Dist=@(B) norm(S*(A-B)*inv(S),'fro')

subject to the real eigenvalues constraint. Don't know why this metric would be worse than any other. Unfortunately, I haven't come across a way to automate Jordan decomposition in MATLAB...

Subject: Finding the nearest matrix with real eigenvalues

From: Matt J

Date: 2 Sep, 2010 21:37:20

Message: 11 of 22

"Matt J " <mattjacREMOVE@THISieee.spam> wrote in message <i5p2gn$o5$1@fred.mate hworks.com>...

> Unfortunately, I haven't come across a way to automate Jordan decomposition in MATLAB...
============

And that's possibly because it's numerically unstable. But anyway, any similarity transform which exposes the eigenvalues as entries of the matrix could be the basis for this approach.

Subject: Finding the nearest matrix with real eigenvalues

From: Matt J

Date: 2 Sep, 2010 22:02:20

Message: 12 of 22

"Roger Stafford" <ellieandrogerxyzzy@mindspring.com.invalid> wrote in message <i5jvad$c2b$1@fred.mathworks.com>...

> V does have an inverse because we are talking about a matrix with three distinct roots, one real and two complex conjugates.
>
> That this is optimal in some sense remains purely conjectural on my part. It just "feels" good.
=======

In that case, it minimizes Dist(A,B) = norm(inv(V)*(A-B)*V,'fro')

Subject: Finding the nearest matrix with real eigenvalues

From: Bruno Luong

Date: 2 Sep, 2010 22:36:07

Message: 13 of 22

"Matt J " <mattjacREMOVE@THISieee.spam> wrote in message <i5p6tb$f0b$1@fred.mathworks.com>...
> "Roger Stafford" <ellieandrogerxyzzy@mindspring.com.invalid> wrote in message
>
> In that case, it minimizes Dist(A,B) = norm(inv(V)*(A-B)*V,'fro')

The usual way people do optimization is that: one define first the norm then minimize it. This logic is not for turning up-side-down. If one peak a specific solution in the admissible set, then arrange the definition of the norm (definition that depends on the input) so as the solution is the projection, then it's not rigorous method because one does really know what is minimized and that does not allow various bound estimation. Furthermore the eigen-vectors can be arbitrary chosen up to scaling, and that can also change the norm. Almost everything is floating in this norm. That's not good.

Bruno

Subject: Finding the nearest matrix with real eigenvalues

From: Roger Stafford

Date: 2 Sep, 2010 23:45:23

Message: 14 of 22

"Matt J " <mattjacREMOVE@THISieee.spam> wrote in message <i5p2gn$o5t$1@fred.mathworks.com>...
> Also, even though Gary has a solution he's happy with, I'll just throw out one more idea. If A is the given matrix with Jordan decomposition
>
> A=inv(S)*J*S
>
> then one could use the solution
>
> Anew=inv(S)*real(J)*S
>
> One can easily show that this minimizes the distance metric
>
> Dist=@(B) norm(S*(A-B)*inv(S),'fro')
>
> subject to the real eigenvalues constraint. Don't know why this metric would be worse than any other. Unfortunately, I haven't come across a way to automate Jordan decomposition in MATLAB...
- - - - - - - - -
  Neither of those seem like very satisfying metrics to me, Matt. They depend on the particular similarity transformation that diagonalizes (or nearly diagonalizes) the original matrix, A, with its complex-valued eigenvalues. The matrix that diagonalizes B to its real-valued eigenvalues will be different, and since for B there will now be two equal eigenvalues, it isn't even unique. One would hope for a metric between the two matrices that has commutative symmetry between the matrices. Commutativity is one of the axioms in the usual definition of a metric space. Also if S is nearly singular, norm(inv(S)*M*S,'fro') can be very much larger than norm(M,'fro') and therefore perhaps of no particular interest in minimizing.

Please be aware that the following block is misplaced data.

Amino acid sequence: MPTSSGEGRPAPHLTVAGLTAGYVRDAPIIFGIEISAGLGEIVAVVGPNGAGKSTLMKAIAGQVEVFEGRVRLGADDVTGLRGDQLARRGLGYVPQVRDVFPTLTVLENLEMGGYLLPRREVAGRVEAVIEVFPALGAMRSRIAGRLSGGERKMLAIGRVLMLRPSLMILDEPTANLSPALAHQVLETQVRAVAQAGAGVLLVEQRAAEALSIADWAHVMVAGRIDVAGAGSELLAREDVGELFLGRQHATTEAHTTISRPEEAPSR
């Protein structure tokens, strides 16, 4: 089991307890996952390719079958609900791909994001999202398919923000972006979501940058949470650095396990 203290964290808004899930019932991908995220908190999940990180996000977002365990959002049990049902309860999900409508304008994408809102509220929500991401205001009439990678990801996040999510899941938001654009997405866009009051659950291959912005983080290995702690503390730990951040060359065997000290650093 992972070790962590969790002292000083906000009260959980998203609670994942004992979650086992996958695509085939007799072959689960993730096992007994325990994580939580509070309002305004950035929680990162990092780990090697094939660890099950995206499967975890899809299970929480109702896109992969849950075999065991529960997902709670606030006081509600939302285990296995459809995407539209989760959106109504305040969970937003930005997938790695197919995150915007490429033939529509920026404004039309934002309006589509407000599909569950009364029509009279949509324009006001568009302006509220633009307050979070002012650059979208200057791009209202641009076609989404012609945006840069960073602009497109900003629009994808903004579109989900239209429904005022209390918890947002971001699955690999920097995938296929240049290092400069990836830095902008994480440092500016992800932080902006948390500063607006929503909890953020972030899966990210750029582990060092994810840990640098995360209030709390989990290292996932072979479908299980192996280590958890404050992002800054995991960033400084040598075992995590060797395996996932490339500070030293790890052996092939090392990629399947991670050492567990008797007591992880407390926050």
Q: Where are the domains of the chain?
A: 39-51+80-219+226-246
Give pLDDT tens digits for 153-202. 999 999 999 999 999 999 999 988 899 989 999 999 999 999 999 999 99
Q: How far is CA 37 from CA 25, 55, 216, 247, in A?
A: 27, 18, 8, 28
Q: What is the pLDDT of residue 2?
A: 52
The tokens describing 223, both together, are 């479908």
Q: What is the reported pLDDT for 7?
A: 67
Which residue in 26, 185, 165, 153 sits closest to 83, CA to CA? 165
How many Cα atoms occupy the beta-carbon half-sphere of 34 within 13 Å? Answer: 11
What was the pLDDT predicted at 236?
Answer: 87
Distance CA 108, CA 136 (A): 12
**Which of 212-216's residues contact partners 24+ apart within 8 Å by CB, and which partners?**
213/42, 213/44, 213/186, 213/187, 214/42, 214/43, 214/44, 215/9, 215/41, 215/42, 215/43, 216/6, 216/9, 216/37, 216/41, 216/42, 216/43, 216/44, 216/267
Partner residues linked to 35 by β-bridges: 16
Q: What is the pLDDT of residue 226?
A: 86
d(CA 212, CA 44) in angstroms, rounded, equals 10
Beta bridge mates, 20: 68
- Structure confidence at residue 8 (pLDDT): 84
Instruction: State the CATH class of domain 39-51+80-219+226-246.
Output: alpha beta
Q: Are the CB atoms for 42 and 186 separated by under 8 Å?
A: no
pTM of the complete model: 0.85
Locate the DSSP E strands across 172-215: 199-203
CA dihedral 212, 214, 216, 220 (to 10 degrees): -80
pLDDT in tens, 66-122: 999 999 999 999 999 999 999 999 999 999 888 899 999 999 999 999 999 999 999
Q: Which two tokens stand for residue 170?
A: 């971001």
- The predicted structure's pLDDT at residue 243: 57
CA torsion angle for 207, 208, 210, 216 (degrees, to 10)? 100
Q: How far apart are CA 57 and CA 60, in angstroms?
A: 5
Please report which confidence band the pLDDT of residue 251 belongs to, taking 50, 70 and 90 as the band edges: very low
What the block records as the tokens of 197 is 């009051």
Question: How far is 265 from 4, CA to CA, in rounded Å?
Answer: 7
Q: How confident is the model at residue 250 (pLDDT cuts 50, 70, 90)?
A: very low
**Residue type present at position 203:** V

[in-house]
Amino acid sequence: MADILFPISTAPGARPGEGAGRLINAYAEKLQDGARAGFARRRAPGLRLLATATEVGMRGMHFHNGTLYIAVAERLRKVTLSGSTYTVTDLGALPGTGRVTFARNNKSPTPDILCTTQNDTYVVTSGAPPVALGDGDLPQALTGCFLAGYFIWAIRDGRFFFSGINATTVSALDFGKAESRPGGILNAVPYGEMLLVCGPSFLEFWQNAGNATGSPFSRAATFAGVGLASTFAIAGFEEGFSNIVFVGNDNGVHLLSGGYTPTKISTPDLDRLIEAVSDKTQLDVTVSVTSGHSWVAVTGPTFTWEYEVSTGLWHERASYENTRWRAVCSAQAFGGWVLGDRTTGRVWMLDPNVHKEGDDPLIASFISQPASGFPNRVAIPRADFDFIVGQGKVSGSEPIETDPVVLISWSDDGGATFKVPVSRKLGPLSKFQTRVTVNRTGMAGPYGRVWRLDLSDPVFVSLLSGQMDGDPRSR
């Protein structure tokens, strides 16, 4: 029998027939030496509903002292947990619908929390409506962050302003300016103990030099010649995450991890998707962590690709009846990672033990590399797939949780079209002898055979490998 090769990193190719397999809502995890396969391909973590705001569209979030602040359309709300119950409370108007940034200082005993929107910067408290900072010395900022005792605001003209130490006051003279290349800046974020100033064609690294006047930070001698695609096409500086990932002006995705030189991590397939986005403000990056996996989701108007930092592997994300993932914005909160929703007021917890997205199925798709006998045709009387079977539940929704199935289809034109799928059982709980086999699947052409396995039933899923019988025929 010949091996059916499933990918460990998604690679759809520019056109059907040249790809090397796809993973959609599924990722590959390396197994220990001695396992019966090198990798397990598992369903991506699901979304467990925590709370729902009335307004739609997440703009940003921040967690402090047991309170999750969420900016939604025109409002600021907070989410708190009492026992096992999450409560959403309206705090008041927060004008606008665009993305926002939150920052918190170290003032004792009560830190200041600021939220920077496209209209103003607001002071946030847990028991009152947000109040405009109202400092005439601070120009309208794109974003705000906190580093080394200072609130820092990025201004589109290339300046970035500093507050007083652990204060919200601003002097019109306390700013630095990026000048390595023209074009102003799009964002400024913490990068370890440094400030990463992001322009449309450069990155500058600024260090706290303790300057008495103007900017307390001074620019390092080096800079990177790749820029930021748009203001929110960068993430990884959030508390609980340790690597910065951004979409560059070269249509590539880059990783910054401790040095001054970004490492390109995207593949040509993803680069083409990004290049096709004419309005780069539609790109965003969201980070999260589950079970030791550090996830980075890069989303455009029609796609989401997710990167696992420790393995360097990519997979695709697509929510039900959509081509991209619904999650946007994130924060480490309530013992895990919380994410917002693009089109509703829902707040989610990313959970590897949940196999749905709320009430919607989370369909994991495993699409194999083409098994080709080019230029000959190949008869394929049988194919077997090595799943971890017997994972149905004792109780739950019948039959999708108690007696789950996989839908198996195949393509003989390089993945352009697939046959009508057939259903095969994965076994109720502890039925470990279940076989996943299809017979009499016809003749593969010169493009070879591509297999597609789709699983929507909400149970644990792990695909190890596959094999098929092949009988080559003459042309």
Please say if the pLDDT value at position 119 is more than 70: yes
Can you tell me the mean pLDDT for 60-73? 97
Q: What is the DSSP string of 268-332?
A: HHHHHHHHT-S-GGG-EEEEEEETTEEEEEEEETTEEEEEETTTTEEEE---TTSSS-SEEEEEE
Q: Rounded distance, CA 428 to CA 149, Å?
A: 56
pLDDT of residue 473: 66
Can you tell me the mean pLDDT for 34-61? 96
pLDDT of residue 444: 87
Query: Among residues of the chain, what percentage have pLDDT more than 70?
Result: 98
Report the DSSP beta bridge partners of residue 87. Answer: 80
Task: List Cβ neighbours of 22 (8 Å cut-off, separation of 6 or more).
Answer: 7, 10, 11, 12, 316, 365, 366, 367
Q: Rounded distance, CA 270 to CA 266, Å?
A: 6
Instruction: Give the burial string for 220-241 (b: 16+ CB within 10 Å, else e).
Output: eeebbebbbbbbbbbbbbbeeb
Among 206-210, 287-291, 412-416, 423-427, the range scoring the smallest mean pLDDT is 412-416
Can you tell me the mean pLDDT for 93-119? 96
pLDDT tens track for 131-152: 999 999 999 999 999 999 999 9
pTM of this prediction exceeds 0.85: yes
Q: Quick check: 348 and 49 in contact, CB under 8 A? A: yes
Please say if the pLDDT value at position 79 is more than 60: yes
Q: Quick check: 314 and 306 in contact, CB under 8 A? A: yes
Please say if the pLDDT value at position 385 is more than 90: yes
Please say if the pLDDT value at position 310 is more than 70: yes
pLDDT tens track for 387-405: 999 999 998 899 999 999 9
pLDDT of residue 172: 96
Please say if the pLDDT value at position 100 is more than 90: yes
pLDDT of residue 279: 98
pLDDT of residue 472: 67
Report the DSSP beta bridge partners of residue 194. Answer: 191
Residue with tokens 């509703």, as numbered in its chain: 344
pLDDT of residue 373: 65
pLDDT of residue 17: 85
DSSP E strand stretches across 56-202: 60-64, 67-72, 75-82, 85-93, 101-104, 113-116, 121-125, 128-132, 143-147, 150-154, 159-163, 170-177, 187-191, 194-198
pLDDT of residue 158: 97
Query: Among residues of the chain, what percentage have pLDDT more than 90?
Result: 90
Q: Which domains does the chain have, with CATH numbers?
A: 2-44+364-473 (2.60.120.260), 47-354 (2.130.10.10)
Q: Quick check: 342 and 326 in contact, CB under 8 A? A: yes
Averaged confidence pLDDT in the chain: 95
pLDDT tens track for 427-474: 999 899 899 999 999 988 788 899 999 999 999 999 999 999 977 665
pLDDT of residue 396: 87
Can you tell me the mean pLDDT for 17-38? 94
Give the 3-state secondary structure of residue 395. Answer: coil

I would like to have proved that the Frobenius norm, or else some other standard norm, of just the difference A-B was minimized in a way that is independent of A and B, but depending only on their difference.

Roger Stafford

Subject: Finding the nearest matrix with real eigenvalues

From: Bruno Luong

Date: 3 Sep, 2010 06:35:26

Message: 15 of 22

"Roger Stafford" <ellieandrogerxyzzy@mindspring.com.invalid> wrote in message <i5pcuj$9en$1@fred.mathworks.com>...

>
> I would like to have proved that the Frobenius norm, or else some other standard norm, of just the difference A-B was minimized in a way that is independent of A and B, but depending only on their difference.

I would think your solution minimize the 2-norm rather the Frobenius, I do not have the exact proof but below is the reason why I think it's true:

If we take the Rayleigh–Ritz ratio of the normalized eigen vector of the residual matrix A-B (where B is your solution)

A*x = lambda*x, lambda complex eigen value
|x|=1

then
x'*(A-B)*x / (x'*x) = imag(l)

This *seems* to be the best one can do if eigen value of B is real. Thus my conjecture is that the 2-norm is minimizes (since 2 norm is defined as max of Rayleigh–Ritz ratio).

Bruno

Subject: Finding the nearest matrix with real eigenvalues

From: Matt J

Date: 3 Sep, 2010 10:01:22

Message: 16 of 22

"Roger Stafford" <ellieandrogerxyzzy@mindspring.com.invalid> wrote in message <i5pcuj$9en$1@fred.mathworks.com>...

 Also if S is nearly singular, norm(inv(S)*M*S,'fro') can be very much larger than norm(M,'fro') and therefore perhaps of no particular interest in minimizing.
========

I don't see that, Roger. For instance, for any M of the form c*eye(3), the two norms coincide exactly. Regardless, if S is nearly singular, perhaps it means that you need a more demanding criterion than norm(M,'fro') to get a meaningful approximation of A anyway.
 


> I would like to have proved that the Frobenius norm, or else some other standard norm, of just the difference A-B was minimized in a way that is independent of A and B, but depending only on their difference.
==========

No, I don't think that's what we want to do. Nor do I agree that commutativity is necessarily of value here. Again, it's reasonable to suppose that different A might require different degrees of approximation for the task at hand and therefore that you have to make the norm adaptive to A.

Suppose, for example, that the task was instead to approximate the function
1/x with rational numbers y substituted for various points x. Suppose you had some criterion

abs(1/x -1/y)<=const.

Clearly, the distance measure you would be trying to control is
abs(x-y)/x^2 to account for the greater sensitivity of 1/x near x=0.